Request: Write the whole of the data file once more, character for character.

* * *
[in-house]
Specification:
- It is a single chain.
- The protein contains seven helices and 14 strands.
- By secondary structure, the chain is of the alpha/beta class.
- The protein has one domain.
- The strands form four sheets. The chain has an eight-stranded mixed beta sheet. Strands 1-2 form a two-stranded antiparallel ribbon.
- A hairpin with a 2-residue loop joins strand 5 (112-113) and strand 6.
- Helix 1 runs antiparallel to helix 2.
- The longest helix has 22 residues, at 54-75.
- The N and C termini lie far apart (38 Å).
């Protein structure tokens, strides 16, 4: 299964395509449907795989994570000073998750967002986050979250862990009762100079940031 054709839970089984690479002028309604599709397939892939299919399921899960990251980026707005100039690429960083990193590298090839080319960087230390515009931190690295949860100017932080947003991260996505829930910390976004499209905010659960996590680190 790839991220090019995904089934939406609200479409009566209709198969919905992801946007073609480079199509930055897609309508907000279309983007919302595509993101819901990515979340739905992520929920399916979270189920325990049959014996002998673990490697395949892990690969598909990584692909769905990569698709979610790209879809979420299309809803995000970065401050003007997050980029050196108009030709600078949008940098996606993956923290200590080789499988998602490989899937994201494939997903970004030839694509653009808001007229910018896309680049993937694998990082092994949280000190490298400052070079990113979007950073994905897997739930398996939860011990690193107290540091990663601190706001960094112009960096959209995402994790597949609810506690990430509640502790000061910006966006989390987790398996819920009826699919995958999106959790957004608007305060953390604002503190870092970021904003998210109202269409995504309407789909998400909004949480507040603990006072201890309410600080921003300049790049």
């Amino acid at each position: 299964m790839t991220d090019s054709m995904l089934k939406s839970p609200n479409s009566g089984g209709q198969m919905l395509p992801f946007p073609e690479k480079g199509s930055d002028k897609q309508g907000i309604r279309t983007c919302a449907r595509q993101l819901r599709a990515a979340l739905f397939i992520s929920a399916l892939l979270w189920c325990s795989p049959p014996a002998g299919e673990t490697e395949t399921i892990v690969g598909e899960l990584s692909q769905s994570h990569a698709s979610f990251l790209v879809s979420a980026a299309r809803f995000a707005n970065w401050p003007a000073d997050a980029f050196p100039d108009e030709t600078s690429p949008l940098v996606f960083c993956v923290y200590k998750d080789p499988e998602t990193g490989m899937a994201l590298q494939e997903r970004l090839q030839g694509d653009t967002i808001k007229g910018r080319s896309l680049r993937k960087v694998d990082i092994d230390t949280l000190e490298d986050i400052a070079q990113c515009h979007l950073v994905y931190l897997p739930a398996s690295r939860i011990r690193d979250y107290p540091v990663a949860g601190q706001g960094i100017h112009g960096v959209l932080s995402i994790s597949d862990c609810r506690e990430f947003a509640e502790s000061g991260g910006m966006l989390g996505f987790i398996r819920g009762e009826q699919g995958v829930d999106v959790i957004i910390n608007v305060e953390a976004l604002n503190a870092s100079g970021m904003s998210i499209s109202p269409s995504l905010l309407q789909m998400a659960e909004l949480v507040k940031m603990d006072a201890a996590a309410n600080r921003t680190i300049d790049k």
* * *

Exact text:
[in-house]
Specification:
- It is a single chain.
- The protein contains seven helices and 14 strands.
- By secondary structure, the chain is of the alpha/beta class.
- The protein has one domain.
- The strands form four sheets. The chain has an eight-stranded mixed beta sheet. Strands 1-2 form a two-stranded antiparallel ribbon.
- A hairpin with a 2-residue loop joins strand 5 (112-113) and strand 6.
- Helix 1 runs antiparallel to helix 2.
- The longest helix has 22 residues, at 54-75.
- The N and C termini lie far apart (38 Å).
């Protein structure tokens, strides 16, 4: 299964395509449907795989994570000073998750967002986050979250862990009762100079940031 054709839970089984690479002028309604599709397939892939299919399921899960990251980026707005100039690429960083990193590298090839080319960087230390515009931190690295949860100017932080947003991260996505829930910390976004499209905010659960996590680190 790839991220090019995904089934939406609200479409009566209709198969919905992801946007073609480079199509930055897609309508907000279309983007919302595509993101819901990515979340739905992520929920399916979270189920325990049959014996002998673990490697395949892990690969598909990584692909769905990569698709979610790209879809979420299309809803995000970065401050003007997050980029050196108009030709600078949008940098996606993956923290200590080789499988998602490989899937994201494939997903970004030839694509653009808001007229910018896309680049993937694998990082092994949280000190490298400052070079990113979007950073994905897997739930398996939860011990690193107290540091990663601190706001960094112009960096959209995402994790597949609810506690990430509640502790000061910006966006989390987790398996819920009826699919995958999106959790957004608007305060953390604002503190870092970021904003998210109202269409995504309407789909998400909004949480507040603990006072201890309410600080921003300049790049």
């Amino acid at each position: 299964m790839t991220d090019s054709m995904l089934k939406s839970p609200n479409s009566g089984g209709q198969m919905l395509p992801f946007p073609e690479k480079g199509s930055d002028k897609q309508g907000i309604r279309t983007c919302a449907r595509q993101l819901r599709a990515a979340l739905f397939i992520s929920a399916l892939l979270w189920c325990s795989p049959p014996a002998g299919e673990t490697e395949t399921i892990v690969g598909e899960l990584s692909q769905s994570h990569a698709s979610f990251l790209v879809s979420a980026a299309r809803f995000a707005n970065w401050p003007a000073d997050a980029f050196p100039d108009e030709t600078s690429p949008l940098v996606f960083c993956v923290y200590k998750d080789p499988e998602t990193g490989m899937a994201l590298q494939e997903r970004l090839q030839g694509d653009t967002i808001k007229g910018r080319s896309l680049r993937k960087v694998d990082i092994d230390t949280l000190e490298d986050i400052a070079q990113c515009h979007l950073v994905y931190l897997p739930a398996s690295r939860i011990r690193d979250y107290p540091v990663a949860g601190q706001g960094i100017h112009g960096v959209l932080s995402i994790s597949d862990c609810r506690e990430f947003a509640e502790s000061g991260g910006m966006l989390g996505f987790i398996r819920g009762e009826q699919g995958v829930d999106v959790i957004i910390n608007v305060e953390a976004l604002n503190a870092s100079g970021m904003s998210i499209s109202p269409s995504l905010l309407q789909m998400a659960e909004l949480v507040k940031m603990d006072a201890a996590a309410n600080r921003t680190i300049d790049k």